Elections in Italy on Sunday and Monday may only be local but they will still provide a first snapshot of the popular mood since efforts to turn around the country’s financial situation began.
More than nine million Italians have until Monday afternoon to deliver their verdict on tax hikes introduced by technocrat Mario Monti. He was named prime minister in November when the country’s worsening economic crisis forced Silvio Berlusconi from office.
There elections are a test too for Berlusconi’s former ally, the Northern League. Now in opposition, it will get a chance to see how much public support it retains after Umberto Bossi stepped down as leader amid a party funds scandal.
All that should provide a boost for centre left figures but an increasingly sceptical electorate may well stay away altogether, or opt for the protest vote and candidates like maverick comedian Beppe Grillo who is leading a popular anti-euro movement.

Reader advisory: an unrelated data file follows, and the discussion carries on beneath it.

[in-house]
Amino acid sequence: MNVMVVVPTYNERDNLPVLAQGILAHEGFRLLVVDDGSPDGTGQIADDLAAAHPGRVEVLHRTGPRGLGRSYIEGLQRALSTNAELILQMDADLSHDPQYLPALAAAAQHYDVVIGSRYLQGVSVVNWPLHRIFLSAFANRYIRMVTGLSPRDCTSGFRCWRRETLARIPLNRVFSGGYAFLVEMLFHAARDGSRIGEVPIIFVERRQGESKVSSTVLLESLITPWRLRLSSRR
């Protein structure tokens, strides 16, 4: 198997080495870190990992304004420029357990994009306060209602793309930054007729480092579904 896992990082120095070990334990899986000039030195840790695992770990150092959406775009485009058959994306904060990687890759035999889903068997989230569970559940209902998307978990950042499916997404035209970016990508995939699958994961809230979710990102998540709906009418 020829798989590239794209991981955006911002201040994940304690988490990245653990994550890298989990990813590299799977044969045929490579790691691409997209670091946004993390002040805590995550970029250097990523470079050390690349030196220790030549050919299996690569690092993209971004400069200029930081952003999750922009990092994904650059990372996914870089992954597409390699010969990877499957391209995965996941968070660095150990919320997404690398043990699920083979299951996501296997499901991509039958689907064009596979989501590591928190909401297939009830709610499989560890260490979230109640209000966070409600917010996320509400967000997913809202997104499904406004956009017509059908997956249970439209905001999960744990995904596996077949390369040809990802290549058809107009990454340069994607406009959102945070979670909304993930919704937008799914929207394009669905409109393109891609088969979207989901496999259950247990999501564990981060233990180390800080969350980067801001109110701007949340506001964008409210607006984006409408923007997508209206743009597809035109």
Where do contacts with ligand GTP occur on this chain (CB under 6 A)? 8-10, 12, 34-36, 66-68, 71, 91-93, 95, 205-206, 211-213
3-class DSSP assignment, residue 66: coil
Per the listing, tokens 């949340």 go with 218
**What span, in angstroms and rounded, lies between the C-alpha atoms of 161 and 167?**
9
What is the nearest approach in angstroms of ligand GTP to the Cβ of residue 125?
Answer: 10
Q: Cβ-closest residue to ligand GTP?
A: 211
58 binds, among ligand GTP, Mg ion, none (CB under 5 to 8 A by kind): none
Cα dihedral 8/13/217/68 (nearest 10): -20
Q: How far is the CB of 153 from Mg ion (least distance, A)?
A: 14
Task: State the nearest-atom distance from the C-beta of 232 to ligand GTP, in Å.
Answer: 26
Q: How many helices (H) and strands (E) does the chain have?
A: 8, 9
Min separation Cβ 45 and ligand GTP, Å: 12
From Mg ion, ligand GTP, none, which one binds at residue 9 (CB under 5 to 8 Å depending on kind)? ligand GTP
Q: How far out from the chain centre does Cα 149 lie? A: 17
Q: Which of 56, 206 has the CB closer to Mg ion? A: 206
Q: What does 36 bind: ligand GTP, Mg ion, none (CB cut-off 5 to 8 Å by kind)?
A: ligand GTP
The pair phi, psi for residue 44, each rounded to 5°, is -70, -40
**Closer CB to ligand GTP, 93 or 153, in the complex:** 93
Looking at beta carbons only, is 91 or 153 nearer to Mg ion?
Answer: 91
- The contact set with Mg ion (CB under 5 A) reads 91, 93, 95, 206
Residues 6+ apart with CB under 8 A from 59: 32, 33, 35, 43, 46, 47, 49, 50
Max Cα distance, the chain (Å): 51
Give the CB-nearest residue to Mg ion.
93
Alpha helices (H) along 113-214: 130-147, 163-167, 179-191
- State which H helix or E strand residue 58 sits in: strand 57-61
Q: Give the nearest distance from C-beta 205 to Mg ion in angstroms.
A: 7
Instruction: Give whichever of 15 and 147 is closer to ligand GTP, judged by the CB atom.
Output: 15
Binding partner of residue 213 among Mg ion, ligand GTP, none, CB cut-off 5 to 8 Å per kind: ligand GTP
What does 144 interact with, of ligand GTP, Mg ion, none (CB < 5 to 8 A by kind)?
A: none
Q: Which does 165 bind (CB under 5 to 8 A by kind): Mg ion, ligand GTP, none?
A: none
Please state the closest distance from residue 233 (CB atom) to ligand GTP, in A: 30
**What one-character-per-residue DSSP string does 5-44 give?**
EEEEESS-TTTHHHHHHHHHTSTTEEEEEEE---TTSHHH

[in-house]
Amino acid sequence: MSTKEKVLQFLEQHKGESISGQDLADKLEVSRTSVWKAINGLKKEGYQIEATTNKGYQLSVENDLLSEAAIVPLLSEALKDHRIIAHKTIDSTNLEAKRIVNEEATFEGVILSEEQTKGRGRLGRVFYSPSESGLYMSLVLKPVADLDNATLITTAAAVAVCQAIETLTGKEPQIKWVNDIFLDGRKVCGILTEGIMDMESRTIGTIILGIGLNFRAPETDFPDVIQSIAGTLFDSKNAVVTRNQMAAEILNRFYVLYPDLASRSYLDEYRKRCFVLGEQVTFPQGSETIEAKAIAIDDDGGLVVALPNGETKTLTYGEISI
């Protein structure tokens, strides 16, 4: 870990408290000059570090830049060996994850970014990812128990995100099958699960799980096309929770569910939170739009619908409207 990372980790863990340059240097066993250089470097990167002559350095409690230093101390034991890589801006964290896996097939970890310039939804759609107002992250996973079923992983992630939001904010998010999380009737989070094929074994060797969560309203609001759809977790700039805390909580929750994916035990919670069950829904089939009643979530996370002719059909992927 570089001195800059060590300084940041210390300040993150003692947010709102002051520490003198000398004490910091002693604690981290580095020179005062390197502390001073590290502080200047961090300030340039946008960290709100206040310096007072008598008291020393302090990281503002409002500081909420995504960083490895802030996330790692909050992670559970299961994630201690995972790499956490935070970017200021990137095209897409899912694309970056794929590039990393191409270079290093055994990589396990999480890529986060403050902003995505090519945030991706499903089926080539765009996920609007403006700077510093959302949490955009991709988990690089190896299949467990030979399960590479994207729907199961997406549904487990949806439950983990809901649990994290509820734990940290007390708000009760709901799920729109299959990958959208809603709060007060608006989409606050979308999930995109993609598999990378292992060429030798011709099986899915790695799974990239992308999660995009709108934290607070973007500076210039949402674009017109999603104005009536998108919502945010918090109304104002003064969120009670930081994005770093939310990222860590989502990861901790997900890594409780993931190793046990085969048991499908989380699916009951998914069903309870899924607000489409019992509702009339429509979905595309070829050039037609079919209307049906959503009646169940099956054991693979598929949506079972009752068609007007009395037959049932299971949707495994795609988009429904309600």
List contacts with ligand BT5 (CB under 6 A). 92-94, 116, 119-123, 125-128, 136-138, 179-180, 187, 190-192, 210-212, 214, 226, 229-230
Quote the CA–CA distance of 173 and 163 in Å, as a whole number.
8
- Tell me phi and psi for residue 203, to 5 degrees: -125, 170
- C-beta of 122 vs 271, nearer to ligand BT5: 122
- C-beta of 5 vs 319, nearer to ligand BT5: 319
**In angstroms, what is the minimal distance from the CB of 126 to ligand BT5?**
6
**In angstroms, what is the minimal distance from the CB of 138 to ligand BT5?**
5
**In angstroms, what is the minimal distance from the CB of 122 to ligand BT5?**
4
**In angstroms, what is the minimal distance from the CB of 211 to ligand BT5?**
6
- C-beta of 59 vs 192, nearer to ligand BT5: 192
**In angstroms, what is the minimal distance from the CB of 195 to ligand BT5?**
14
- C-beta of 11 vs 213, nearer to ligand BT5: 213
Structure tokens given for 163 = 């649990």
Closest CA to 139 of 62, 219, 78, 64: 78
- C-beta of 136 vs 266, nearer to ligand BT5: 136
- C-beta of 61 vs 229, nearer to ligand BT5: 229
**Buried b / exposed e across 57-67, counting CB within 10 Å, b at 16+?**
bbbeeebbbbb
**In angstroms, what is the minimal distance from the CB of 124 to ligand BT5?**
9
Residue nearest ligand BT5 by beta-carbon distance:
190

Some polls show Grillo capturing a third of the vote. If he does it will be an indication of just how far faith in traditional politics and the entire single currency project has been eroded.
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